I wonder how it is that the people of this nation [Russian], which is responsible for some of the longest and most profound novels and operas in the history of mankind, are unable to concentrate for more than about three seconds. And why is it that it seems to be only me whose blood pressure soars when my evening out is ruined by the blathering vermin in the row behind me? I suppose that having learned, over decades, to put up with hearing your next door neighbor beating up his wife, having piss leak through the ceiling of your disgusting box-like apartment, and seeing people literally drink themselves to death on your doorstep, a little chatter at the opera is hardly going to test your levels of endurance.

I think, it also applies to Belarusians, at least partially.

On a few occasions I myself was one of those “high-school dropouts that talk and laugh their way through cinema showings”. It’s just my mother always brought me to operas by force, so I always felt out of place there, sometimes restless, sometimes very tense and uncomfortable, and almost always experiencing this bizarre urge to laugh, I guess in order to relieve this internal tension.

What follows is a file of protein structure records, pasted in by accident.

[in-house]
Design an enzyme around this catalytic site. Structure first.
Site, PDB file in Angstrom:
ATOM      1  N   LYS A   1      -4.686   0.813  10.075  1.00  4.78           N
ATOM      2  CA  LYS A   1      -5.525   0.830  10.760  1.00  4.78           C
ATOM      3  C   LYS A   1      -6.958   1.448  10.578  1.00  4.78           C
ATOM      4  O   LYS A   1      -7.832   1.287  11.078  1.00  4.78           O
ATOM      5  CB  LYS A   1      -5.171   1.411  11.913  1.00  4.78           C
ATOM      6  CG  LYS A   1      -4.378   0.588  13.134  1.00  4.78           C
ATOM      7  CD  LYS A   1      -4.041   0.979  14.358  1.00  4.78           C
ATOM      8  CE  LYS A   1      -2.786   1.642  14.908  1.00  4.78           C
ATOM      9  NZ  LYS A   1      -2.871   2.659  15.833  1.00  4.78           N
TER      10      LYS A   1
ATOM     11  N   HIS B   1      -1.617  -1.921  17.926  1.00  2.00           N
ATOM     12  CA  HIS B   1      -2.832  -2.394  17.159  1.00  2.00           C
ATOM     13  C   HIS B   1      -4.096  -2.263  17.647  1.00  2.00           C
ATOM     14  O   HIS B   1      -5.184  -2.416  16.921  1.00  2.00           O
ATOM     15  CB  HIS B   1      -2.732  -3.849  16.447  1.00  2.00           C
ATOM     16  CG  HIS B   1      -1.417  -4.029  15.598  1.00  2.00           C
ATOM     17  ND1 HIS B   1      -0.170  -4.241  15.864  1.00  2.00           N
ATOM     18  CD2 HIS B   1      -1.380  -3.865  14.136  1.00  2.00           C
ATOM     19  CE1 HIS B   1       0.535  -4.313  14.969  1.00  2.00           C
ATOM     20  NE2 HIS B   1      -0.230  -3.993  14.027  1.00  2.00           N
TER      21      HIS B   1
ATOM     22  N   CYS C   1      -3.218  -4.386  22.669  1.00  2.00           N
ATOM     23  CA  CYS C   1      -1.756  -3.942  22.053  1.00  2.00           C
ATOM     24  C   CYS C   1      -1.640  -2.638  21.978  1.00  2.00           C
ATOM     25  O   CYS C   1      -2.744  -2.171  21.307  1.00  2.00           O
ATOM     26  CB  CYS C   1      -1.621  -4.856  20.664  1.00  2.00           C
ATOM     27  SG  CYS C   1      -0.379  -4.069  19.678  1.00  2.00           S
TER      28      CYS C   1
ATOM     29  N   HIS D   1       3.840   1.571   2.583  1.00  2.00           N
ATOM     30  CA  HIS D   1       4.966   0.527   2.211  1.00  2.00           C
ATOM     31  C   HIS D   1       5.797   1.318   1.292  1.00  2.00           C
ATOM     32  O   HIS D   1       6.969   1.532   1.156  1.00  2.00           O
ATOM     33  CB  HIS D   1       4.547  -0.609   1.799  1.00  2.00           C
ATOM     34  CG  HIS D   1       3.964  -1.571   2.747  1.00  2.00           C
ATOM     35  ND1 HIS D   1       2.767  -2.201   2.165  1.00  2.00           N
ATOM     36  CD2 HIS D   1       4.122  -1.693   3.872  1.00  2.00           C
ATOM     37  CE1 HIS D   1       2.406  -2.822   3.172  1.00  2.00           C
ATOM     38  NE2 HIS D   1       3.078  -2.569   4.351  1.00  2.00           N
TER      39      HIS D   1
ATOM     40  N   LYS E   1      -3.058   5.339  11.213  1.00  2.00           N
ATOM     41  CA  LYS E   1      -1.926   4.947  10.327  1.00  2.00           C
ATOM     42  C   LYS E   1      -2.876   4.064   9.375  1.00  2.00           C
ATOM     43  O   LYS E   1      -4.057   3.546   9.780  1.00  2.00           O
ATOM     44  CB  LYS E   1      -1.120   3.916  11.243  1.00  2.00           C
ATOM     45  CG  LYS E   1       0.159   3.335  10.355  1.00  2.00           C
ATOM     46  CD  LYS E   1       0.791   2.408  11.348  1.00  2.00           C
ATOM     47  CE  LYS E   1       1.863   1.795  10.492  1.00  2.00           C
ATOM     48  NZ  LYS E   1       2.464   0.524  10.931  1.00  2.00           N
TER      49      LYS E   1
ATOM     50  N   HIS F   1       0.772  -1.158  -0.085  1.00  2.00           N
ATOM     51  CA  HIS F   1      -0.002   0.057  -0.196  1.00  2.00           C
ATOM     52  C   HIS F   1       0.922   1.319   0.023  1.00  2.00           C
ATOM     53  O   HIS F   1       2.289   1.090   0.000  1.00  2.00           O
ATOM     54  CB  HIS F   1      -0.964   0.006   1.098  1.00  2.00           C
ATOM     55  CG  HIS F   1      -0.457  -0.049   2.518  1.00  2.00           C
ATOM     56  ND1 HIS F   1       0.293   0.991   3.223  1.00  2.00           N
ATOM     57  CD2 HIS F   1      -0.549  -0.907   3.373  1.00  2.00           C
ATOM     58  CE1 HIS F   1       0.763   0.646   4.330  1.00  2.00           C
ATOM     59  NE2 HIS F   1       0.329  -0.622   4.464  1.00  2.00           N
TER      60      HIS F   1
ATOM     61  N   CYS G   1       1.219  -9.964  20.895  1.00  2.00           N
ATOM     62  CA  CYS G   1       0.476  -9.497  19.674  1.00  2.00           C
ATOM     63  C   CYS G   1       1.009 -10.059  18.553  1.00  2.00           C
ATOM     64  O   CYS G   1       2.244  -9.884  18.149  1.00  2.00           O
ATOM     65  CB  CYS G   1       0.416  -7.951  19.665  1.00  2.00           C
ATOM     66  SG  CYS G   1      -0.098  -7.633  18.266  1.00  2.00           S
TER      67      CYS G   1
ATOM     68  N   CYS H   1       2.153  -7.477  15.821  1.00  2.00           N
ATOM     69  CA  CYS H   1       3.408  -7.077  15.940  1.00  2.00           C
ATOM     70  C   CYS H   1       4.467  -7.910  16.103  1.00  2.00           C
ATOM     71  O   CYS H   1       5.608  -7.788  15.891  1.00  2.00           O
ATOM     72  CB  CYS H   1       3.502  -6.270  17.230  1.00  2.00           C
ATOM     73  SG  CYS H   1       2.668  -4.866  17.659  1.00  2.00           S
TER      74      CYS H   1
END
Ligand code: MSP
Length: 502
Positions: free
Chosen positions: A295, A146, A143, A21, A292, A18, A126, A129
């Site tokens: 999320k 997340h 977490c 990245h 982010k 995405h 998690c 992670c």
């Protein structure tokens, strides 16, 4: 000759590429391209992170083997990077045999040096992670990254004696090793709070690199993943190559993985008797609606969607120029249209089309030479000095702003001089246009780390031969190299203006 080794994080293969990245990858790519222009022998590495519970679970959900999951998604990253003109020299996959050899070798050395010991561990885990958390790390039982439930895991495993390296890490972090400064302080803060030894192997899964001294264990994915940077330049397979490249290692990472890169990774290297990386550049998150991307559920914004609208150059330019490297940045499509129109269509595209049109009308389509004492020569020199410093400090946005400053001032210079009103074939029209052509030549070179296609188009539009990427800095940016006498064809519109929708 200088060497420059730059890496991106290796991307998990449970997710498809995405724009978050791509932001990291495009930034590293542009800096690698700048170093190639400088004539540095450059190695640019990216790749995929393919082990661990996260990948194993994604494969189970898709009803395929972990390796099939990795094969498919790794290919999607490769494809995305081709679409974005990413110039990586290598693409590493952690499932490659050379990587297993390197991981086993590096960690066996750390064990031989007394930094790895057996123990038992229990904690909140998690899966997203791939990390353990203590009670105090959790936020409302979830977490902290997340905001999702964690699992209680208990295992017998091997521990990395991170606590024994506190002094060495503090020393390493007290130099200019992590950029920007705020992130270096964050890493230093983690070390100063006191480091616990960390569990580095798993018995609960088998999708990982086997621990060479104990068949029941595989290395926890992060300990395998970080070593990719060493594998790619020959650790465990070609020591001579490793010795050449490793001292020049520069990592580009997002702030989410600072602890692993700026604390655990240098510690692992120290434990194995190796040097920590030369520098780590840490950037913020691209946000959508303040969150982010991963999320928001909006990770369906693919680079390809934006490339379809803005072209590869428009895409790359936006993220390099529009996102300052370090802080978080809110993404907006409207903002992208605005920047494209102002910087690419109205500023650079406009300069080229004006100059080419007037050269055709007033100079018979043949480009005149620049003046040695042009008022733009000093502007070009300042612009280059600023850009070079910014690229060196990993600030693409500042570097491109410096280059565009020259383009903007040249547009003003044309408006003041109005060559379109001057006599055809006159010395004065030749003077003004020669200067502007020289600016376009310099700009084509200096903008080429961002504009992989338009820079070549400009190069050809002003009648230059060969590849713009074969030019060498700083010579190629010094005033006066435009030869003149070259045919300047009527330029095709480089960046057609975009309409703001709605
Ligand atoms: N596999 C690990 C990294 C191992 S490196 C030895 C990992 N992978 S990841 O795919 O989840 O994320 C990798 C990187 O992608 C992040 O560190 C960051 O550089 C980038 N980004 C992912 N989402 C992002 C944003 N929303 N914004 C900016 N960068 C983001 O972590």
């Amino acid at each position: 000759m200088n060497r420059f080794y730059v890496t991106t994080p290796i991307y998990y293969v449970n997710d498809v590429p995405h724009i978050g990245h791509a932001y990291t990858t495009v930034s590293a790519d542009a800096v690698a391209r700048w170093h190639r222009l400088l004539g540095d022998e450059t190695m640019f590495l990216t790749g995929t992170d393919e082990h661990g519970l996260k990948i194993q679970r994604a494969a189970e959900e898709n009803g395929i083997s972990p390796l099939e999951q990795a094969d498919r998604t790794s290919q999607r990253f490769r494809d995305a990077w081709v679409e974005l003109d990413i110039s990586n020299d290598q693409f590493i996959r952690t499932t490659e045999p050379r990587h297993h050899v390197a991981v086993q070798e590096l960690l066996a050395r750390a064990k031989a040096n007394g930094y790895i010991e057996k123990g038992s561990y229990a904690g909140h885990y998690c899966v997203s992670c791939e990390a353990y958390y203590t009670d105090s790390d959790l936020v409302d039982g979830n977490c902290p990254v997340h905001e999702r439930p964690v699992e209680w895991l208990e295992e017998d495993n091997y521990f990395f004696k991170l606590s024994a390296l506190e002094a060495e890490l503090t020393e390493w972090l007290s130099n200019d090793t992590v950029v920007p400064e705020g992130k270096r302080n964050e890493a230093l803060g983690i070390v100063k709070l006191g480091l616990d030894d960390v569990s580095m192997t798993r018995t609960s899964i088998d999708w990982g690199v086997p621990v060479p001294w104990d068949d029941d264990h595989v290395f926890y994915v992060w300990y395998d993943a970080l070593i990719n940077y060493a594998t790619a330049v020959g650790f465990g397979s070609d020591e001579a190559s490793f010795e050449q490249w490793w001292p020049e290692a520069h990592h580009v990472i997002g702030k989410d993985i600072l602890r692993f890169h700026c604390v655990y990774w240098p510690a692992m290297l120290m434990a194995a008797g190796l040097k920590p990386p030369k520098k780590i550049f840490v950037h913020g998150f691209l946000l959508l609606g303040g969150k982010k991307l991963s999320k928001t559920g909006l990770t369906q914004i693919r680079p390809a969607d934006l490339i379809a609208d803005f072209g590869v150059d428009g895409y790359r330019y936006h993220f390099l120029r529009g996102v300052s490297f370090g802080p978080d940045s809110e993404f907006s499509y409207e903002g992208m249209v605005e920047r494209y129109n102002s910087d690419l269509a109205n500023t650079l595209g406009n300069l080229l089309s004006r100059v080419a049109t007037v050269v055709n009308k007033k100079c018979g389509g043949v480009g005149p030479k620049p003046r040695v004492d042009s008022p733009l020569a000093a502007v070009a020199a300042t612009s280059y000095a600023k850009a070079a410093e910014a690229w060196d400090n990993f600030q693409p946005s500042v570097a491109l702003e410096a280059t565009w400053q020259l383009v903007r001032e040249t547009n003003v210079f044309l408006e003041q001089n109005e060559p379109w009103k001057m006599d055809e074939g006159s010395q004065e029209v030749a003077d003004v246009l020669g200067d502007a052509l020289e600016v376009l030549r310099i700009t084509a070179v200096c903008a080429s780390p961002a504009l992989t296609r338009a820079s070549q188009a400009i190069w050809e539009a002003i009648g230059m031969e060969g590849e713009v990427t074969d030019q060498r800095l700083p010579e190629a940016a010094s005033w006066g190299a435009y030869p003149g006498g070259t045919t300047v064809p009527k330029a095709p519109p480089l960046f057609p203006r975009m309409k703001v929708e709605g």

Now I’m getting old, and there seems to be a direct correlation between my age and my music taste. Nowdays I have several gigabytes of classical music in mp3. Though, I have to confess, I have no Russian recordings, except Prokofiev’s “Romeo and Juliet”.

P.S. Strangely enough, this article is located on the same website that published that disgusting story from an American whore-hunter in Slutsk, Belarus.

Lucas Cranach && Extinct Shark

June 12th, 2006

On Saturday we visited Lobkowicz’s castle near Prague, saw the original paintings of Lucas Cranach, Rubens, Breugel, and many other famous painters, including unique paintings of Spanish artists from 15th and 16th century. Walking through the castle rooms I felt awed and even subdued by the weight of this centuries-old art and European civilization. And this is all just a private collection of one man, prince Lobkowicz who lives in the States.

Lucas Cranach (1472-1553). Nelahozeves
Wer unter euch ohne Sünde ist, werfe den ersten Stein

It really amazed me how little the German language has changed in the last 500 years, at least, according to this inscription by Lucas Cranach.

And on Friday I bought a fossil shark tooth at the National museum gift shop in Prague:

The big tooth supposedly belongs to an extinct shark Otodus obliquus, the Great Grandmother of the Megalodon, and is one of the earliest mackerel sharks. Otodus obliquus was the king of the early Eocene, approximately 50-55 million years ago. This tooth comes from Morocco.